Music at Mount Vernon

Did you know that music was important at Mount Vernon?

Although he may not have been musically-inclined himself, George Washington was the head of a household where his wife, Martha–whom he had married as a widow with two children, and later her four grandchildren (two of whom were raised by the Washingtons) all studied music. An intimate friend of Carl Philip Emmanuel Bach, Alexander Reinagle, was engaged as the music teacher of George Washington’s step-granddaughter, Eleanor Parke Custis (known as Nelly), whom Washington adopted legally when her father died.

The President bought her a harpsichord and had it imported from Europe. Martha made her granddaughter, Nelly, practice on it 4 or 5 hours a day. As an adult, Martha Washington’s grandson George Washington Parke Custis (known as “Washy”) recalled that his sister, Nelly, had to practice “very long and very unwillingly at the harpsichord…the poor girl would play and cry, and cry and play, for long hours, under the immediate eye of her grandmother, a rigid disciplinarian in all things.”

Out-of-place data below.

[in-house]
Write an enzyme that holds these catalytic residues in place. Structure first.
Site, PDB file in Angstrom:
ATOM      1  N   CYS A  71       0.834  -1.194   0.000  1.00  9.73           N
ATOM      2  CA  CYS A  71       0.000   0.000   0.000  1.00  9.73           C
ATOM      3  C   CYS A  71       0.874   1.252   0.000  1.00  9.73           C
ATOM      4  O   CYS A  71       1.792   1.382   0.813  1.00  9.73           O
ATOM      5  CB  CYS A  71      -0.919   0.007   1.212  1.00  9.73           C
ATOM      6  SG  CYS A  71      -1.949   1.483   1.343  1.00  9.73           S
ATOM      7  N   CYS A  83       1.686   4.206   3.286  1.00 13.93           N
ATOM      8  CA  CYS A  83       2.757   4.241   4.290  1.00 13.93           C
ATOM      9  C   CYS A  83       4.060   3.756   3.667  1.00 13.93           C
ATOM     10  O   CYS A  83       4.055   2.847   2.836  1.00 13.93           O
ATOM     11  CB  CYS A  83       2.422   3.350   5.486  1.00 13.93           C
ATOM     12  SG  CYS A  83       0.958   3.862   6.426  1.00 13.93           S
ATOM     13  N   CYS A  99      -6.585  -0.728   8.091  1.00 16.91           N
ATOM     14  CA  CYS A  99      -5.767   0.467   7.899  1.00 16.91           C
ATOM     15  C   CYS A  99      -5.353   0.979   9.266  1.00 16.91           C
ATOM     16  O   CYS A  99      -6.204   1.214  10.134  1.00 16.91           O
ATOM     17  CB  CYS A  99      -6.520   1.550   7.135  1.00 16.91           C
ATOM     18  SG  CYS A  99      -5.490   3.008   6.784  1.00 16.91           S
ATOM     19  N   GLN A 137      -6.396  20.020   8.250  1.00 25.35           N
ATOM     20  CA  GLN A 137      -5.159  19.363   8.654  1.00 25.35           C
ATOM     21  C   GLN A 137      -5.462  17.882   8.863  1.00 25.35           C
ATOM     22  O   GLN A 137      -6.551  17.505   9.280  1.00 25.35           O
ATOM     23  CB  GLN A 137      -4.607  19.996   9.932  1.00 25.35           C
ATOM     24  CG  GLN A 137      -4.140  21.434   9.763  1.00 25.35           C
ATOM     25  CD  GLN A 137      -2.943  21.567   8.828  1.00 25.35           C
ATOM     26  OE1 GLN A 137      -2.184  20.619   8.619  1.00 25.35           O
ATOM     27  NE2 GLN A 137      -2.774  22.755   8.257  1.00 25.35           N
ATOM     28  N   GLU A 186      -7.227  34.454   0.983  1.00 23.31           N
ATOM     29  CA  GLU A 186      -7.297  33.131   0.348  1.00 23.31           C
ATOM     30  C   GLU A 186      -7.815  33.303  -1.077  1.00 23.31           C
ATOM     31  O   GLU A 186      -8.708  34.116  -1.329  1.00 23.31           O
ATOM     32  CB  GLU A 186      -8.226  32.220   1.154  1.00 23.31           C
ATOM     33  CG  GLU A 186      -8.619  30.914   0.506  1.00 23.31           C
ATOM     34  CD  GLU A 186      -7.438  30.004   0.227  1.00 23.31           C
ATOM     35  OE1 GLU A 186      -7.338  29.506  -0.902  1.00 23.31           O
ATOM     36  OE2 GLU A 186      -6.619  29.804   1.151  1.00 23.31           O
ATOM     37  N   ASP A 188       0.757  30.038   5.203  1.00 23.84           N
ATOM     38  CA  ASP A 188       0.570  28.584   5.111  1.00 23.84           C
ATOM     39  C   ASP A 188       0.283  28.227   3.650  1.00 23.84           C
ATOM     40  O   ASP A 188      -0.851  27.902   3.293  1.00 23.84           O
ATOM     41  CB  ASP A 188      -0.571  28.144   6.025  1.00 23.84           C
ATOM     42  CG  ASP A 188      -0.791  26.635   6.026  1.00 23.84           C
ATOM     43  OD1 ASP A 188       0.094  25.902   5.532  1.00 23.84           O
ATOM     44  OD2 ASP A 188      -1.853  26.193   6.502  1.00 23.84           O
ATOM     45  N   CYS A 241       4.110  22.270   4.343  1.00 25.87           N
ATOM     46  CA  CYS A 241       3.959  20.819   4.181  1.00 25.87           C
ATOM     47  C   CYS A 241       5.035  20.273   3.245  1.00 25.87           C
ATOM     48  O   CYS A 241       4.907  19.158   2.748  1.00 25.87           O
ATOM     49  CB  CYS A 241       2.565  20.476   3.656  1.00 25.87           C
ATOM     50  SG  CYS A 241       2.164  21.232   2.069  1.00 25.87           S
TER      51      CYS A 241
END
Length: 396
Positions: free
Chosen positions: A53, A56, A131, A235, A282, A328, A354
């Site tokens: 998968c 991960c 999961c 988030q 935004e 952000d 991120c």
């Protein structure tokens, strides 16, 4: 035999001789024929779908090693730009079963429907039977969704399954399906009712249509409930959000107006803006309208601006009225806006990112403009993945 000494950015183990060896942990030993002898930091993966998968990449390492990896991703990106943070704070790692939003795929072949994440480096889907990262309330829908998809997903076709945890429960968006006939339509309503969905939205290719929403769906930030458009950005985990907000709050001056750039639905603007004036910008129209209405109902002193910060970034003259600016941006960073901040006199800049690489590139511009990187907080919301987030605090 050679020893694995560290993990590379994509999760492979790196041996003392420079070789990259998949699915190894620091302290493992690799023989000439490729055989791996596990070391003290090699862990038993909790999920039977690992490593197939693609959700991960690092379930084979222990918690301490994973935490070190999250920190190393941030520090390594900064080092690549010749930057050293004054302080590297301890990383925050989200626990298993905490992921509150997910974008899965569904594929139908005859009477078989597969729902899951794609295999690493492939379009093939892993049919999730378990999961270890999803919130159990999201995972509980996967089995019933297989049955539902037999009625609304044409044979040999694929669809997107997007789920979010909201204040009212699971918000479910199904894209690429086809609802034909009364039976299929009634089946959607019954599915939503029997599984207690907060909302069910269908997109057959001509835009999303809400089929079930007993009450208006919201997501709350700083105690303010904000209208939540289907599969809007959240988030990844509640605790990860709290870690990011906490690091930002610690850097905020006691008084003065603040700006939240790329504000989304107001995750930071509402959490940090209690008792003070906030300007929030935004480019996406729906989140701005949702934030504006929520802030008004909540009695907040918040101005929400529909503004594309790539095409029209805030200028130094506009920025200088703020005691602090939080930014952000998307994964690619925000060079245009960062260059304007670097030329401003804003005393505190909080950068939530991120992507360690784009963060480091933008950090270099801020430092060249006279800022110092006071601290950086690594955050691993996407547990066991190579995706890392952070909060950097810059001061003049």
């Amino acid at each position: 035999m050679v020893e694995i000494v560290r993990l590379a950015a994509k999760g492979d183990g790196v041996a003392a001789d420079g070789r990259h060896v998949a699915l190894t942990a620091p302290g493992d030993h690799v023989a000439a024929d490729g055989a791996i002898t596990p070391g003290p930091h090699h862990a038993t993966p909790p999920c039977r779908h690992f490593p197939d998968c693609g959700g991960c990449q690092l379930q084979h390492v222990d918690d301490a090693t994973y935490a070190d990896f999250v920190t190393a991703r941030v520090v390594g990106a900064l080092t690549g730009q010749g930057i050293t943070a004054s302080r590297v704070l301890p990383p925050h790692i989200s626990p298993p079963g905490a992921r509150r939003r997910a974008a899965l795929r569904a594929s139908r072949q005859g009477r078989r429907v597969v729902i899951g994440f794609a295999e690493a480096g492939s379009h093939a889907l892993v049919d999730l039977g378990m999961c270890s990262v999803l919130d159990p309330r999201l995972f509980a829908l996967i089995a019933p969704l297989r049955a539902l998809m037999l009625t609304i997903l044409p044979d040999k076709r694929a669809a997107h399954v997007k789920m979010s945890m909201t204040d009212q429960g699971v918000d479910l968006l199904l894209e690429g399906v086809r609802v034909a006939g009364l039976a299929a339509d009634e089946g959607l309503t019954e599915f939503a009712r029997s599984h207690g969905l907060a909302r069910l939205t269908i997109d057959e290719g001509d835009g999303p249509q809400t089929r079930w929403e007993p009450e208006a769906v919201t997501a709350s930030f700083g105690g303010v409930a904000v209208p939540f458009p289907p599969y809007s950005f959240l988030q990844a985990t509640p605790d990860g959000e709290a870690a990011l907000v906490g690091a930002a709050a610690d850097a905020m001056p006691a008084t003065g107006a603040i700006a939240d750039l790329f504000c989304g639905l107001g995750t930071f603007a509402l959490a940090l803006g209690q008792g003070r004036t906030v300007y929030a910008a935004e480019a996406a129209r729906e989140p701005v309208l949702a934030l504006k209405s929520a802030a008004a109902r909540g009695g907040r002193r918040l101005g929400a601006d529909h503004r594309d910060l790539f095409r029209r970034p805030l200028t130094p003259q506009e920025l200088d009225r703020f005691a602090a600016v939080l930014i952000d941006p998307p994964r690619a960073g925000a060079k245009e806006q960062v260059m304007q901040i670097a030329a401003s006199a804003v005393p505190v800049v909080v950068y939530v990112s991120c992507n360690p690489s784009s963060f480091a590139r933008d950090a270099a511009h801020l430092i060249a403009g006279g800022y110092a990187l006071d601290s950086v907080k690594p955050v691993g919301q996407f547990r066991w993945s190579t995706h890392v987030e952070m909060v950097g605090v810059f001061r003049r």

Purchase of a Harpsichord for Mount Vernon

The purchase of the harpsichord and long hours of practice seems to have accomplished their intended purpose. Julian Ursyn Niemcewicz, a Polish nobleman who stayed at Mount Vernon in June 1798, wrote of Nelly that, “Her sweetness is equal to her beauty, and this being, so perfect of form, possesses all the talents: she plays the harpsichord, sings, draws better than any woman in America or even in Europe.” On the eve of his visit, he lamented and wrote, “In the evening, for the last time, pretty Miss Custis sang and played on the harpsichord.”

Eleanor Parke Custis

Among the surviving musical scores owned by Nelly Custis were the following: several adapted by her music teacher Alexander Reinagle for the piano from the operas Rosina and The Poor Soldier, a version of a Haydn symphony called Le Reine de France arranged for harpsichord or pianoforte, a keyboard arrangement of Gluck’s overture to the opera Iphigenia at Aulis, several sonatas by J. C. Bach, as well as an excerpt from Handel’s Water Music, and Haydn’s Mermaids Song.